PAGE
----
Synopses & Reviews
The Safavid dynasty represented the pinnacle of Irans power and influence in its early modern history. The evidence of this - the creation of a nation state, military expansion and success, economic dynamism, and the exquisite art and architecture of the period - is well-known. What is less understood is the extent to which the Safavid success depended on an elite originating from outside Iran: the slaves of Caucasian descent and the Armenian merchants of Isfahan. This book describes how these elites, following their conversion to Islam, helped to transform Isfahans urban, artistic and social landscape.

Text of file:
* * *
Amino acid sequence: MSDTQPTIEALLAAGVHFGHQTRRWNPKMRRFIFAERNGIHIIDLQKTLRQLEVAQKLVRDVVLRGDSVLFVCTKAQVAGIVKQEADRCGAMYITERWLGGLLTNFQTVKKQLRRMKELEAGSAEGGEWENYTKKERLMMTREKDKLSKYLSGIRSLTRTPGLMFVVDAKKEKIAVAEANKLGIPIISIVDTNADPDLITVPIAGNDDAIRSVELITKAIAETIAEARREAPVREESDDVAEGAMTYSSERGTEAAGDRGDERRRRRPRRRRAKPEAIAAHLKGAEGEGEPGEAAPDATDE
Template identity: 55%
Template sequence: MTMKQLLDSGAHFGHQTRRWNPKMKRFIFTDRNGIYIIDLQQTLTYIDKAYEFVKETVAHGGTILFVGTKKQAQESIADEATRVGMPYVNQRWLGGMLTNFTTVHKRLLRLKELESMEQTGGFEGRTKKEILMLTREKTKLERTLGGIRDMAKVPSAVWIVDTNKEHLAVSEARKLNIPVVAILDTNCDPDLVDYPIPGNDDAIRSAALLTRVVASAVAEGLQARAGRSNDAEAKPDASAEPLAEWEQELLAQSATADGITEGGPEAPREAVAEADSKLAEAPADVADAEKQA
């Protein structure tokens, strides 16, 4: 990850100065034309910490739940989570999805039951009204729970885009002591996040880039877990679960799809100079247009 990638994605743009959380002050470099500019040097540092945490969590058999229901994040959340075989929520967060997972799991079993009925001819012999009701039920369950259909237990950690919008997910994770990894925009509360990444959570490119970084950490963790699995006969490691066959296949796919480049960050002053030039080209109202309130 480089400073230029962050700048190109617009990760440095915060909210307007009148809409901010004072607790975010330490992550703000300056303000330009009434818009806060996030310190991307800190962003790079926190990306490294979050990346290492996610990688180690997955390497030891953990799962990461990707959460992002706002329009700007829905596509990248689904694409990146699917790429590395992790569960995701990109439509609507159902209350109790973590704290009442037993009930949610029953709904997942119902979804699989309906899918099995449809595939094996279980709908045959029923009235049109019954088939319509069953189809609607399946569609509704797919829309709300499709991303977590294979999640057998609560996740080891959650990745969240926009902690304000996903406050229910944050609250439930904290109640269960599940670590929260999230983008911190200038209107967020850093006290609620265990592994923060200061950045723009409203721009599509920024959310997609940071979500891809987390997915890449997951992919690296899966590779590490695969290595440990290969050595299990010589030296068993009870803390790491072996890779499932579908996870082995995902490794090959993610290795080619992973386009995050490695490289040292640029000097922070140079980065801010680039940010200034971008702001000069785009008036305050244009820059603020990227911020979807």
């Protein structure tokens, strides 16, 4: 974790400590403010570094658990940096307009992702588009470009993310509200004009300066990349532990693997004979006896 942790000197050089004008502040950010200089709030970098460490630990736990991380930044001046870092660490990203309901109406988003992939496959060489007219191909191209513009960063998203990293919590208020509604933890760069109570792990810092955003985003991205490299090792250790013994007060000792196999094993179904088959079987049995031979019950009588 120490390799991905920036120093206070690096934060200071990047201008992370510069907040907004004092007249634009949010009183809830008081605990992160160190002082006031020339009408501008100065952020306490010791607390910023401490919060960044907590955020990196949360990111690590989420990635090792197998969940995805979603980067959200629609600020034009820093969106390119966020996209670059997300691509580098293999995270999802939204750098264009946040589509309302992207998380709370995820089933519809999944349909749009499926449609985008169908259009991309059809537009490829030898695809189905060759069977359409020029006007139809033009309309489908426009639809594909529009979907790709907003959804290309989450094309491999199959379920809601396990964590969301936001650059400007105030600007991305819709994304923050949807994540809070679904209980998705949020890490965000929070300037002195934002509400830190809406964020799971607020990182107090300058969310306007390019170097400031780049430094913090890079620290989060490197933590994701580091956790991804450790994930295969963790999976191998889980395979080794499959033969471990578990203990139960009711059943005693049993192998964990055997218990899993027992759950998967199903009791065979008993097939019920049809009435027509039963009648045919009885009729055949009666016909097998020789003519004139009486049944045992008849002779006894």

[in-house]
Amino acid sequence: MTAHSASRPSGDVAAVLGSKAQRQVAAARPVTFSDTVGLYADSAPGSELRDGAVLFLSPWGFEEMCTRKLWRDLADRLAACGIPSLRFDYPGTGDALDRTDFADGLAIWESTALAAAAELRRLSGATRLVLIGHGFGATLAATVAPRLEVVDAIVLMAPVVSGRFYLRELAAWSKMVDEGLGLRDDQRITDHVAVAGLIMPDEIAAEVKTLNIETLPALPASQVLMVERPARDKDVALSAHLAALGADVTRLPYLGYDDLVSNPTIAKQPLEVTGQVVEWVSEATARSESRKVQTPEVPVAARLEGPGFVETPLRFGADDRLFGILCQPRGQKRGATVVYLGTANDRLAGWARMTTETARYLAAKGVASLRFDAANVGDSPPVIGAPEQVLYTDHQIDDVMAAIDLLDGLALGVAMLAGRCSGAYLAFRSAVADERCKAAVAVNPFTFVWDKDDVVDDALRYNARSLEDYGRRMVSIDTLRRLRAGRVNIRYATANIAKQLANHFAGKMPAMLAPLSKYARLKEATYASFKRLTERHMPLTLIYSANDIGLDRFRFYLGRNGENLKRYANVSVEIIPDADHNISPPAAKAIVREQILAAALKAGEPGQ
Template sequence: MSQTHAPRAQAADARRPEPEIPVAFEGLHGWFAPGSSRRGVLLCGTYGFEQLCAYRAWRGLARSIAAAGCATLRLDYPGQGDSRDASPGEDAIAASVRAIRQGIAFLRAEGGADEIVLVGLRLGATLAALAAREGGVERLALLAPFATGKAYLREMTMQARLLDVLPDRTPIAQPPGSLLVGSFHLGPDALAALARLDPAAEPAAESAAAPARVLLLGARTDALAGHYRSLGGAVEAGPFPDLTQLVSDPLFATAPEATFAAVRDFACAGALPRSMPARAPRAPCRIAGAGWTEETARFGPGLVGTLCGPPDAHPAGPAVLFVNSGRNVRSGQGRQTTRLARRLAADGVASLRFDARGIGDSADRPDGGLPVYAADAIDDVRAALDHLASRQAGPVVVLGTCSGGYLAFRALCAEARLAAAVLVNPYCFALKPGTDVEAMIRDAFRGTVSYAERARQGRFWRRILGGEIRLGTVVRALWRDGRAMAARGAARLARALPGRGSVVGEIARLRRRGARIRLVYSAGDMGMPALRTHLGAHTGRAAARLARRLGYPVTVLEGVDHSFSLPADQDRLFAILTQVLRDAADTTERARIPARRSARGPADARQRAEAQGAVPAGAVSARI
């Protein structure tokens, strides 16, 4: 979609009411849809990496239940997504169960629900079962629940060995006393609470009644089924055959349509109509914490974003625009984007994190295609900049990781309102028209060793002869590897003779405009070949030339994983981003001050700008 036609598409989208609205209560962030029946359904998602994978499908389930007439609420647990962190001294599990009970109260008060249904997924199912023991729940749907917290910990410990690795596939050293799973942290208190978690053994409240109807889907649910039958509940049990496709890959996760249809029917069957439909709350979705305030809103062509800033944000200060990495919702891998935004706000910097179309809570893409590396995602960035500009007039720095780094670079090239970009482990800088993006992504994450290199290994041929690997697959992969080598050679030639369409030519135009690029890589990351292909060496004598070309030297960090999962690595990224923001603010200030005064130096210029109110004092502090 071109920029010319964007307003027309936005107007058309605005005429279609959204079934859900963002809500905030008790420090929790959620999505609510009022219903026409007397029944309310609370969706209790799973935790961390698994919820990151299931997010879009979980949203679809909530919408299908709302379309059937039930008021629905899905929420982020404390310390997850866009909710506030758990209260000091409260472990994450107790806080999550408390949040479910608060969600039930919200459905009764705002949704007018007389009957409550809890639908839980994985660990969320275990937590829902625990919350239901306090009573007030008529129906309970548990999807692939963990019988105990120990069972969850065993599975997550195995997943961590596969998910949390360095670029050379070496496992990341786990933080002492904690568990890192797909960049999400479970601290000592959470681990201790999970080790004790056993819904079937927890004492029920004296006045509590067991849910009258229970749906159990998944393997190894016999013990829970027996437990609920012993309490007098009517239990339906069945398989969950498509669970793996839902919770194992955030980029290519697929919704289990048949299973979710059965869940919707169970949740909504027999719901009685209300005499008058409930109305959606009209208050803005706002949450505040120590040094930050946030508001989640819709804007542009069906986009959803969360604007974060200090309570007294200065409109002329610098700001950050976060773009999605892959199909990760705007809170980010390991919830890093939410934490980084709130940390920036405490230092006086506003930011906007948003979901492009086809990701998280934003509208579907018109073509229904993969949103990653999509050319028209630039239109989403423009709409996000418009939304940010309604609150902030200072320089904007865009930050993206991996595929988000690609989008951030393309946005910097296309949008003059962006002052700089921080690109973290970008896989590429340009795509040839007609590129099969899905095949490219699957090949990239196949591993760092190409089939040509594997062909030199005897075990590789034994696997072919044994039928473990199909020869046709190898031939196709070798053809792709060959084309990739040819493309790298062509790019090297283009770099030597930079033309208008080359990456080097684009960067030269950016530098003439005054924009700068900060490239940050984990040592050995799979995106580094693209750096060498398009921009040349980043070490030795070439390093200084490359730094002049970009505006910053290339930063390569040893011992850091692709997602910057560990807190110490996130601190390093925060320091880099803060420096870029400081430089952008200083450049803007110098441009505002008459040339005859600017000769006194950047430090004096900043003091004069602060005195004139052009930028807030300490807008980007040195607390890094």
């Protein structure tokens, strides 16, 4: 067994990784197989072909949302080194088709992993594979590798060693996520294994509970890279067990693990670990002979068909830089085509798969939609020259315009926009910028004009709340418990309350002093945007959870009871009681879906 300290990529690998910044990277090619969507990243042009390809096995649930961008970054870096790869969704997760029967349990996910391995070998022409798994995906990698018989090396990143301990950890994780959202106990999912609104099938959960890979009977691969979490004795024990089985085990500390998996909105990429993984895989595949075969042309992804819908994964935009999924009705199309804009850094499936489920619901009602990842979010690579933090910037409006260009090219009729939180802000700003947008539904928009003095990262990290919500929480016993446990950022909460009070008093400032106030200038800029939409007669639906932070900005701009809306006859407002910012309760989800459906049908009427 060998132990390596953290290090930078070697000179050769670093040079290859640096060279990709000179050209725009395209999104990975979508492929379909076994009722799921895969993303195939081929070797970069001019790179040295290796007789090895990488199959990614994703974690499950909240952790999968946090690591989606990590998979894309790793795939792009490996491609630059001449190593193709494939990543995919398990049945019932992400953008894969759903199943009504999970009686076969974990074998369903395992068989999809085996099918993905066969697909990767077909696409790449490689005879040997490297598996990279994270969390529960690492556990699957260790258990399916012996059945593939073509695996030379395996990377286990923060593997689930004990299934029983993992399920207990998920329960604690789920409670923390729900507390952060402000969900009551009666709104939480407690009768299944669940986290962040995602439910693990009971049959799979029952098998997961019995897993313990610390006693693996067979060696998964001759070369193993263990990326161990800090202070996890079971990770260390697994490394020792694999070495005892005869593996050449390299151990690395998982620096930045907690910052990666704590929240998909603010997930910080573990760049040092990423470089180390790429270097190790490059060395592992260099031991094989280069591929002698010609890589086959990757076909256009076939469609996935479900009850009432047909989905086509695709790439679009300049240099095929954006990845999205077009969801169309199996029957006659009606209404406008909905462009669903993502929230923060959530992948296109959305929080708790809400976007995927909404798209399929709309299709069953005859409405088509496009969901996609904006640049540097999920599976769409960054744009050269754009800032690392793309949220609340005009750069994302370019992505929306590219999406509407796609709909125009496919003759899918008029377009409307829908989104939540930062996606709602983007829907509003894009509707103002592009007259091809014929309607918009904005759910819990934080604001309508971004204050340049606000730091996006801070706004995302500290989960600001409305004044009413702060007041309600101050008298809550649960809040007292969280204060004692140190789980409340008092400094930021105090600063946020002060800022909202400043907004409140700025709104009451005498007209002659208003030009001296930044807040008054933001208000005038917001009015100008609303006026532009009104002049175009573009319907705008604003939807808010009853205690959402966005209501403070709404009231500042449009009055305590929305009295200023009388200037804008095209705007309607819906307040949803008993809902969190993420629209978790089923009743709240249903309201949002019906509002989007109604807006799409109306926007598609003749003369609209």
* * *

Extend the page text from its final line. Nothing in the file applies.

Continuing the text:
The Safavid dynasty represented the pinnacle of Iran's power and influence in its early modern history. This book describes how these elites, following their conversion to Islam, helped to transform Isfahan's urban, artistic and social landscape.
About the Author
is Assistant Professor of Iranian History and Culture at the University of Michigan.
Sussan Babaie is Assistant Professor of Islamic Art History at the University of Michigan.
Ina Baghdiantz-McCabe is Assistant Professor of Armenian History at Tufts University.
Massumeh Farhad is Associate Curator of Islamic Art, Freer Gallery of Art/Arthur M. Sackler Gallery, Smithsonian Institution, Washington, DC.
Table of Contents
Slaves of the Shah * Concubines, Eunuchs and Slaves: Reconfiguring the Safavid Household * Armenian Merchants and Slaves: Financing the Safavid Treasury * Launching from Isfahan: Slaves and the Construction of the Empire * Military Slaves in the Provinces: Collecting and Shaping the Arts